Classical music review: Peter Serkin distinctive at the Perelman

Peter Serkin was eccentric, otherworldly, and unexpected Wednesday in works by Beethoven, Charles Wuorinen, and Jan Pieterszoon Sweelinck.
Peter Serkin was eccentric, otherworldly, and unexpected Wednesday in works by Beethoven, Charles Wuorinen, and Jan Pieterszoon Sweelinck. (KATHY CHAPMAN)
Posted: January 25, 2014

You've never met anyone quite like Peter Serkin before. In his three-piece suit with white pocket square, he was a natty presence on the Perelman Theater stage Wednesday night. It was the playing that was rumpled.

Not always. There were many moments of incredible polish, especially when it came to the pianist's approach to sound. He has that ability to conjure an instantly rounded tone without doing any violence to the start of the note. But all over - in Beethoven no less than in a contemporary score - Serkin, 66, occupied the space somewhere between an eccentric and outsider.

For this, we should be grateful. Any number of other pianists hosted by the Philadelphia Chamber Music Society convey being part of a performance tradition with incredible technique at their disposal. Serkin, though, was otherworldly, which, of course, is the essence of this Beethoven. I found it easy to tolerate the coarse octave strikes he brought to the first movement of the miraculous Sonata in E Flat Major ("Les Adieux"), because of the disorientation Serkin heightened in the fragmented development of the main theme. This is Beethoven questioning business as usual, and Serkin answered with equal provocation. Playing it slowly accentuated just how strange some corners of this piece are - the stuttered thematic treatment, the disquietingly sudden changes in direction, contrasted with the serenely descending repeated opening intervals.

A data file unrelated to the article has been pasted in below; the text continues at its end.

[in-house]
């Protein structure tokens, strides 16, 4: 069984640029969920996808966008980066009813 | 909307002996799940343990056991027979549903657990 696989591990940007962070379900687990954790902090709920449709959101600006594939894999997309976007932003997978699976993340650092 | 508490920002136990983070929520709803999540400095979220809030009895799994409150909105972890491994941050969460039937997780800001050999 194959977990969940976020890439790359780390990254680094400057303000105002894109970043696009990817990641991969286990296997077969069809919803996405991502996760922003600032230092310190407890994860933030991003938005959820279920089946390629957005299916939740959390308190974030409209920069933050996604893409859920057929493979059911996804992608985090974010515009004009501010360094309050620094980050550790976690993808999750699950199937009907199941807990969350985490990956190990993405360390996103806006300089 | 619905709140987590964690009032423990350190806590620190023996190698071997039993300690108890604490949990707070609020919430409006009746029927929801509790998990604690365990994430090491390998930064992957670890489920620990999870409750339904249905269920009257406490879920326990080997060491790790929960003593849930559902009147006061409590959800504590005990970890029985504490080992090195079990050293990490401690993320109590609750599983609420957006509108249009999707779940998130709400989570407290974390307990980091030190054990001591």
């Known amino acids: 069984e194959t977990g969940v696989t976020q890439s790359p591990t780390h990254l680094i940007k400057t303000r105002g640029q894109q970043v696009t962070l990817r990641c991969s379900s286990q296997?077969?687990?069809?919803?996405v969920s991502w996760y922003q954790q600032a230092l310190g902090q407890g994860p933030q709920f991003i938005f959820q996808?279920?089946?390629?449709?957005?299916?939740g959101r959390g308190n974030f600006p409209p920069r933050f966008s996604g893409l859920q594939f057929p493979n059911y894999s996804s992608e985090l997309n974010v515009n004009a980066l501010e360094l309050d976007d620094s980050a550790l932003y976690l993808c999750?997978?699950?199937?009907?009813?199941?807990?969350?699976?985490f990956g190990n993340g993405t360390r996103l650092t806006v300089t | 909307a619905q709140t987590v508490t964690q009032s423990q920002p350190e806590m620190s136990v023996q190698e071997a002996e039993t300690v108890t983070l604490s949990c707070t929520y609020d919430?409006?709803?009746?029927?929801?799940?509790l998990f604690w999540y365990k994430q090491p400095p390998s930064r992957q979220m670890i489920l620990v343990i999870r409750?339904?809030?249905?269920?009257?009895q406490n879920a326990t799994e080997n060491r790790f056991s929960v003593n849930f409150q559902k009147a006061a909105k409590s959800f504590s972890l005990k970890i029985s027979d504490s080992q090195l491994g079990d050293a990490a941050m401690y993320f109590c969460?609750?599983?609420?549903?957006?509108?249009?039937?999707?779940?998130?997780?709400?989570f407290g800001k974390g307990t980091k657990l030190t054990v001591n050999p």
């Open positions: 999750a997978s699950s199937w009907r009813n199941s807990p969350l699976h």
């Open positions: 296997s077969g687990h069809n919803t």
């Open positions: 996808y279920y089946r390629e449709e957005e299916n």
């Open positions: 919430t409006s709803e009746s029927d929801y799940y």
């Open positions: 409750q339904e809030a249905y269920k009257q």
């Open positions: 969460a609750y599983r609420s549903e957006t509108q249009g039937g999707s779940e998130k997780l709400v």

Technique arrived uneasily in the third movement, which only sent the oddly scintillating dramatic message that anything could happen at any point.

The program itself was unexpected. Two soulful and unusual works opened: the Capriccio in A Minor by Jan Pieterszoon Sweelinck, a Dutch master (and, incredibly, pre-Bach), and Nielsen's sprawling Opus 40 Theme and Variations. Serkin underlined Sweelinck's organ lineage and sense of struggle in a work forever laboring up or down in half steps. The pianist's expressiveness in the highly variable Nielsen was a series of fully formed visits to starkly different emotional landscapes.

Charles Wuorinen's 2007 Scherzo made you hope Serkin was getting paid by the note. Rabidly atonal, prone to slipping across the keyboard, its expressive intentions were left unclear. It did not fare well next to Beethoven's Opus 126 Six Bagatelles, which arrived, even now, like pure innovation. Serkin's view of the music was intensely personal.

But why this encore choice? After all that flying in the face of convention, the third movement of Beethoven's Sonata No. 25 in G (Op. 79) seemed a simpleton.


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